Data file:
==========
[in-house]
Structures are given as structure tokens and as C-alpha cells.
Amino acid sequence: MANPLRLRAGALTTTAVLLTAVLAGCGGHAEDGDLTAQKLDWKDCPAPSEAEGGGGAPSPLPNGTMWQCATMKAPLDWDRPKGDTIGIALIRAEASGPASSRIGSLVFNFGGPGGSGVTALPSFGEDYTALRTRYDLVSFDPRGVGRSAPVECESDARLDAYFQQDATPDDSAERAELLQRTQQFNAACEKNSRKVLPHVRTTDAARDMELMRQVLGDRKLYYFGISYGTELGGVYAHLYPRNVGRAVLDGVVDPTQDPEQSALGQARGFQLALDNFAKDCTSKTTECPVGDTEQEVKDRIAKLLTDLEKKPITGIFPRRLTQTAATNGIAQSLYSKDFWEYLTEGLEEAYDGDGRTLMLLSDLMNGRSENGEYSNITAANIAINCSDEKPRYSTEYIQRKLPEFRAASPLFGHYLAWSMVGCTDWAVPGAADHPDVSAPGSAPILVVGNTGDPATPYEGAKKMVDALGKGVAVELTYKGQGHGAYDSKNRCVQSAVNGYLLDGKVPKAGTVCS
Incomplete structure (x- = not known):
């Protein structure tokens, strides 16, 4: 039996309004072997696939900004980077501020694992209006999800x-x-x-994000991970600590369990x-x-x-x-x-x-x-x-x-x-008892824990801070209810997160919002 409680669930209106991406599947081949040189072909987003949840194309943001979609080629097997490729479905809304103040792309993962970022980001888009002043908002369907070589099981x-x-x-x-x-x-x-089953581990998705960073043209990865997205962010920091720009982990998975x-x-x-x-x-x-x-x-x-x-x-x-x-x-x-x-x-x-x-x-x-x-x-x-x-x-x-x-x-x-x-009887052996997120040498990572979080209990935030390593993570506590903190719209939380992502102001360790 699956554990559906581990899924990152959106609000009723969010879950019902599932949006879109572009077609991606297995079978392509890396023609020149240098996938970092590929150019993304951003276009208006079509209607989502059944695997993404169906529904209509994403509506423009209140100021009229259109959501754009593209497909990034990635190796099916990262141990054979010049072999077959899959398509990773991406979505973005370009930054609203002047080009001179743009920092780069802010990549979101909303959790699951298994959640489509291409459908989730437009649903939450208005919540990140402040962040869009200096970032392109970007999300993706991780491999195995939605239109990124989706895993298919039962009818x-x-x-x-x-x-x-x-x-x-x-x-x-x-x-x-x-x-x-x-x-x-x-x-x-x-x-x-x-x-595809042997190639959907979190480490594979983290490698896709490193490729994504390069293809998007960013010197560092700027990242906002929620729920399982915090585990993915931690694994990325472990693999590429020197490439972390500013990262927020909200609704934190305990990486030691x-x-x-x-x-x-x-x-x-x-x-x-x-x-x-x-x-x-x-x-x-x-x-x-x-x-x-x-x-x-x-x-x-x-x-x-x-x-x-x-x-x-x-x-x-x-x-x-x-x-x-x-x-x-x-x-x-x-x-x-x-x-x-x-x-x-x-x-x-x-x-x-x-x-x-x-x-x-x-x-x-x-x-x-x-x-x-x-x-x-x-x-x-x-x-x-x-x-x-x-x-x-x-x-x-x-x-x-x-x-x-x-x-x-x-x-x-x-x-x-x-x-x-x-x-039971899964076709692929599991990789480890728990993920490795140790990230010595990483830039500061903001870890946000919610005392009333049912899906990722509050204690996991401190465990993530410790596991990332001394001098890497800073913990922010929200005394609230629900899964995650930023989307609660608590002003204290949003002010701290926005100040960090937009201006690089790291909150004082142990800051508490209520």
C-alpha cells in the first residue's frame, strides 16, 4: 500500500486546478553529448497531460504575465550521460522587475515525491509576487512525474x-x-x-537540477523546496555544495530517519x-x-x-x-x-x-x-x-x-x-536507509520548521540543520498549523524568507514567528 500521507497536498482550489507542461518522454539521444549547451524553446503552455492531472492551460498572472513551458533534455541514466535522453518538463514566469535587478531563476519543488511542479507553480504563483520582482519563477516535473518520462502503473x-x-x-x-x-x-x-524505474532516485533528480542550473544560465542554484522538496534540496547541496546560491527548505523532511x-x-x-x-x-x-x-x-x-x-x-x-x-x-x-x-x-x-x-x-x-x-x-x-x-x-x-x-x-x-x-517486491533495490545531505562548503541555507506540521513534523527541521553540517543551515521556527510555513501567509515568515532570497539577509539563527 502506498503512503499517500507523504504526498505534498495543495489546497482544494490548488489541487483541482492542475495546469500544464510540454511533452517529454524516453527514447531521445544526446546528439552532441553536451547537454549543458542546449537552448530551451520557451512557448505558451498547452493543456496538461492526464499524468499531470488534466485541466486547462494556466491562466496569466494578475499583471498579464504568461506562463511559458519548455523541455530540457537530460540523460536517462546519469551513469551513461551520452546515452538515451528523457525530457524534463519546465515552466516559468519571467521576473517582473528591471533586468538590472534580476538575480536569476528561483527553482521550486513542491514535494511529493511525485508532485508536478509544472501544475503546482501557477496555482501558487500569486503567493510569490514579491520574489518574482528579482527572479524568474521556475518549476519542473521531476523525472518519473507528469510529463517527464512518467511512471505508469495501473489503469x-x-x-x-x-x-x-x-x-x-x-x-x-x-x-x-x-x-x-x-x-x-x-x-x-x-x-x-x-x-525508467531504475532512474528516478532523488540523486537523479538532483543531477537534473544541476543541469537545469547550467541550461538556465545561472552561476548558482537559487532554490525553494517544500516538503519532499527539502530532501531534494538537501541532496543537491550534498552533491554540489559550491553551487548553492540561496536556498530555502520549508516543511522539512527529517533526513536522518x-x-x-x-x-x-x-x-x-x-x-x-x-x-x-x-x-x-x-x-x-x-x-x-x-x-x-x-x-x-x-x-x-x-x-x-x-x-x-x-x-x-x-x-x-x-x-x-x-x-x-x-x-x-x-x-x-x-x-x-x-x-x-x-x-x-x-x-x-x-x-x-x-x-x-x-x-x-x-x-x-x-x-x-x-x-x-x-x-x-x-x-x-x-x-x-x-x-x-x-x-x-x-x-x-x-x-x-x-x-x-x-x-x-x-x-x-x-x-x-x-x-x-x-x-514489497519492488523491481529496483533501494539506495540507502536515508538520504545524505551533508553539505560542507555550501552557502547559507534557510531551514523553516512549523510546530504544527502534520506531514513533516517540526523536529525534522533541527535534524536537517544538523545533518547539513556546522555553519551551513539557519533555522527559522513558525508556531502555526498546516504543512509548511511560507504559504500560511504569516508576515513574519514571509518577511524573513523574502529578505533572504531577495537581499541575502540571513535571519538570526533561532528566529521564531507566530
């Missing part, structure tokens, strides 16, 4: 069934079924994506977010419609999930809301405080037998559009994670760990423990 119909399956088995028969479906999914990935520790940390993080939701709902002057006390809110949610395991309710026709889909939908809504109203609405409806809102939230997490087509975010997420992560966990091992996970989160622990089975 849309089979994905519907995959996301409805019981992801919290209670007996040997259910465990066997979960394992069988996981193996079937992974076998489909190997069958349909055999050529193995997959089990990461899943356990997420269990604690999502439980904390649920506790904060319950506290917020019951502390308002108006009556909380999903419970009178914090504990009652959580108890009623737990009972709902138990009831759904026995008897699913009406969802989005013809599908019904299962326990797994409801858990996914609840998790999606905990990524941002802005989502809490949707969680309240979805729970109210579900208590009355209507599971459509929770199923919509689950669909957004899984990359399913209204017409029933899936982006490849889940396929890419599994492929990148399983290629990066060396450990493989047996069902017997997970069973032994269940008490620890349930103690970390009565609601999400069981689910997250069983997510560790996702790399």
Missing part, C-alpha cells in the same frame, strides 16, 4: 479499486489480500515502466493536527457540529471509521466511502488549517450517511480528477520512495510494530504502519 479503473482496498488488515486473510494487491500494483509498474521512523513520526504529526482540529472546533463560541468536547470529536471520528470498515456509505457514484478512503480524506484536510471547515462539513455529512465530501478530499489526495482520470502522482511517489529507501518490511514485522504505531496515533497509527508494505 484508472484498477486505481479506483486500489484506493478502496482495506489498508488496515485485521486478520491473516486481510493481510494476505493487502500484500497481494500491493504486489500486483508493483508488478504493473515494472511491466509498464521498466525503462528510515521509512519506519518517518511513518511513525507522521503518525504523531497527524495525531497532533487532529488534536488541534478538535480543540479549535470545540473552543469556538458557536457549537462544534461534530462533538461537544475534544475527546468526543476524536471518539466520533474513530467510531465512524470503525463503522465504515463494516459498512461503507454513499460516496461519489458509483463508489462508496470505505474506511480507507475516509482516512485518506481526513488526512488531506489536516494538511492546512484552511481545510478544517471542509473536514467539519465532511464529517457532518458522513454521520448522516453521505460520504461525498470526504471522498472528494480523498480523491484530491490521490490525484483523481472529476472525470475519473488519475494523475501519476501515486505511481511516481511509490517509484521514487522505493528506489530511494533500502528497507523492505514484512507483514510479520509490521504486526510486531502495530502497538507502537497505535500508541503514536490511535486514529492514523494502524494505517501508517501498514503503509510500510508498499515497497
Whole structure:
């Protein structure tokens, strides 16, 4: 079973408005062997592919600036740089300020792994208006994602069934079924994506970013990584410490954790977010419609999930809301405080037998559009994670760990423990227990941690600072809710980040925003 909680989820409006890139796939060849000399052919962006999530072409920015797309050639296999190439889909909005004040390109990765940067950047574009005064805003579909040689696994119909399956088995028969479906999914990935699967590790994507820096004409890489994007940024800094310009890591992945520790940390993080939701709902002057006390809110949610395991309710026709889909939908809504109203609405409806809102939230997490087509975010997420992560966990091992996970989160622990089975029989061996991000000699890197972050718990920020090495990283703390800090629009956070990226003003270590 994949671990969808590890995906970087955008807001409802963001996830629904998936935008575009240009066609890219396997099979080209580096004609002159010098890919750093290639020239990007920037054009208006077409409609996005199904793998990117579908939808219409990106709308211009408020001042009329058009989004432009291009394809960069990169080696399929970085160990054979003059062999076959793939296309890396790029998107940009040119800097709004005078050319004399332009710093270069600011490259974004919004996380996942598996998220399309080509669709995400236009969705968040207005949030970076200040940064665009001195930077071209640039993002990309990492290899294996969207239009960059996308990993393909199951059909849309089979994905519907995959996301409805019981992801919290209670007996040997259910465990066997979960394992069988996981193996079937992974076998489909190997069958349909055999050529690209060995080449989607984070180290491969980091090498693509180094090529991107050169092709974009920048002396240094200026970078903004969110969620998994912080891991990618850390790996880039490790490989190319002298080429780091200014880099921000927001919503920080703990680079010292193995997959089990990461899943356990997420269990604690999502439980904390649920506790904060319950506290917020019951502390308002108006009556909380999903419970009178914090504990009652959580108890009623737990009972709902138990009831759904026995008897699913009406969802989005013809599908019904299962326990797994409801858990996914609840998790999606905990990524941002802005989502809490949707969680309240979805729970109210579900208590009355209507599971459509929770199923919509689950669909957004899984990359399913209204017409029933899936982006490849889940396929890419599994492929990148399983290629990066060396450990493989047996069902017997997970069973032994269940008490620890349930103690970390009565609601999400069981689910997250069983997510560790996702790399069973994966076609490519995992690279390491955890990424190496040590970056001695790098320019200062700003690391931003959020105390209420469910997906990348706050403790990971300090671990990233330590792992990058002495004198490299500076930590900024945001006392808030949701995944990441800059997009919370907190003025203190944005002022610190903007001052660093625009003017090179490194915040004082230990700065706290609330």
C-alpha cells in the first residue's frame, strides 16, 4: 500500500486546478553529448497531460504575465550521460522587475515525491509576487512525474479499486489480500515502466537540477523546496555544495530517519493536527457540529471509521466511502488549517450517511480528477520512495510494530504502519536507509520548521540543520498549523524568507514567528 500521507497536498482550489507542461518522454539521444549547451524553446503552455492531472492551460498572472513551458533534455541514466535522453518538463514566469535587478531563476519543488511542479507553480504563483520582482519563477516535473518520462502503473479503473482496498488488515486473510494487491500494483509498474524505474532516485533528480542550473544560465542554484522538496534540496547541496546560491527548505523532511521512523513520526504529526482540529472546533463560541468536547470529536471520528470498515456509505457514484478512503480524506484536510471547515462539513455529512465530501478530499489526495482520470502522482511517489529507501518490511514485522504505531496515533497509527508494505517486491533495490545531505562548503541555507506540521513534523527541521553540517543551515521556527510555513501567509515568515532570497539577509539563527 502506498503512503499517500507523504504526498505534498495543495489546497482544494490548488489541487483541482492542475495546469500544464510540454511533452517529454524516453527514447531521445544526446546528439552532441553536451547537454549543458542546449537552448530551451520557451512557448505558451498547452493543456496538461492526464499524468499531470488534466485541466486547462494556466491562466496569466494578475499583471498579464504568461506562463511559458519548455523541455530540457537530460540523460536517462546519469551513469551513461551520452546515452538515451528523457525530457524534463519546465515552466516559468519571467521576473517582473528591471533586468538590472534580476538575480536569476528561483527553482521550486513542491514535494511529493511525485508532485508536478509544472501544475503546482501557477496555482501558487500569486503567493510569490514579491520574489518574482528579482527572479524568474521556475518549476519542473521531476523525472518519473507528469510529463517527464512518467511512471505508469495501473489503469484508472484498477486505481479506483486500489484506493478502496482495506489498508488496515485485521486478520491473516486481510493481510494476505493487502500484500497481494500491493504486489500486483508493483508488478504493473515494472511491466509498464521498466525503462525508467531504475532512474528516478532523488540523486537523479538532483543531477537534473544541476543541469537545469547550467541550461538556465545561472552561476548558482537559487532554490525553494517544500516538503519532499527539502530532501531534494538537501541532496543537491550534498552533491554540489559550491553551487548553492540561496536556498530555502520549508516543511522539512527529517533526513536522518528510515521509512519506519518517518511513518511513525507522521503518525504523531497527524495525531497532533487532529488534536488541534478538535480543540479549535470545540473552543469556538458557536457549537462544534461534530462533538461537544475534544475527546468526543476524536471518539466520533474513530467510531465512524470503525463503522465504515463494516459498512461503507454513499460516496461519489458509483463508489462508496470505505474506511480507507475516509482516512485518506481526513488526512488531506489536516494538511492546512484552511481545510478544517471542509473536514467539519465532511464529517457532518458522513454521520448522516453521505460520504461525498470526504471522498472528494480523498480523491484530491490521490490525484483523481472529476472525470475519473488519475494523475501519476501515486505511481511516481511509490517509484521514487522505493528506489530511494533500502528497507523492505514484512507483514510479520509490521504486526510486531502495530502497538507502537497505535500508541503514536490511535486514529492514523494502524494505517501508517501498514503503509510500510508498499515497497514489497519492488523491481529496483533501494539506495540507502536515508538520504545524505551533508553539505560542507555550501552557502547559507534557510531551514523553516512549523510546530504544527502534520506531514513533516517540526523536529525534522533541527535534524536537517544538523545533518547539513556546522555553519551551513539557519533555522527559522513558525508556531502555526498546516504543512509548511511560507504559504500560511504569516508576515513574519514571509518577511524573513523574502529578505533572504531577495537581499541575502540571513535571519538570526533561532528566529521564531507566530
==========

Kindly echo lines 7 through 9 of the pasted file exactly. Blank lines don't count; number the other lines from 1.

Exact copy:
């Missing part, structure tokens, strides 16, 4: 069934079924994506977010419609999930809301405080037998559009994670760990423990 119909399956088995028969479906999914990935520790940390993080939701709902002057006390809110949610395991309710026709889909939908809504109203609405409806809102939230997490087509975010997420992560966990091992996970989160622990089975 849309089979994905519907995959996301409805019981992801919290209670007996040997259910465990066997979960394992069988996981193996079937992974076998489909190997069958349909055999050529193995997959089990990461899943356990997420269990604690999502439980904390649920506790904060319950506290917020019951502390308002108006009556909380999903419970009178914090504990009652959580108890009623737990009972709902138990009831759904026995008897699913009406969802989005013809599908019904299962326990797994409801858990996914609840998790999606905990990524941002802005989502809490949707969680309240979805729970109210579900208590009355209507599971459509929770199923919509689950669909957004899984990359399913209204017409029933899936982006490849889940396929890419599994492929990148399983290629990066060396450990493989047996069902017997997970069973032994269940008490620890349930103690970390009565609601999400069981689910997250069983997510560790996702790399």
Missing part, C-alpha cells in the same frame, strides 16, 4: 479499486489480500515502466493536527457540529471509521466511502488549517450517511480528477520512495510494530504502519 479503473482496498488488515486473510494487491500494483509498474521512523513520526504529526482540529472546533463560541468536547470529536471520528470498515456509505457514484478512503480524506484536510471547515462539513455529512465530501478530499489526495482520470502522482511517489529507501518490511514485522504505531496515533497509527508494505 484508472484498477486505481479506483486500489484506493478502496482495506489498508488496515485485521486478520491473516486481510493481510494476505493487502500484500497481494500491493504486489500486483508493483508488478504493473515494472511491466509498464521498466525503462528510515521509512519506519518517518511513518511513525507522521503518525504523531497527524495525531497532533487532529488534536488541534478538535480543540479549535470545540473552543469556538458557536457549537462544534461534530462533538461537544475534544475527546468526543476524536471518539466520533474513530467510531465512524470503525463503522465504515463494516459498512461503507454513499460516496461519489458509483463508489462508496470505505474506511480507507475516509482516512485518506481526513488526512488531506489536516494538511492546512484552511481545510478544517471542509473536514467539519465532511464529517457532518458522513454521520448522516453521505460520504461525498470526504471522498472528494480523498480523491484530491490521490490525484483523481472529476472525470475519473488519475494523475501519476501515486505511481511516481511509490517509484521514487522505493528506489530511494533500502528497507523492505514484512507483514510479520509490521504486526510486531502495530502497538507502537497505535500508541503514536490511535486514529492514523494502524494505517501508517501498514503503509510500510508498499515497497
Whole structure: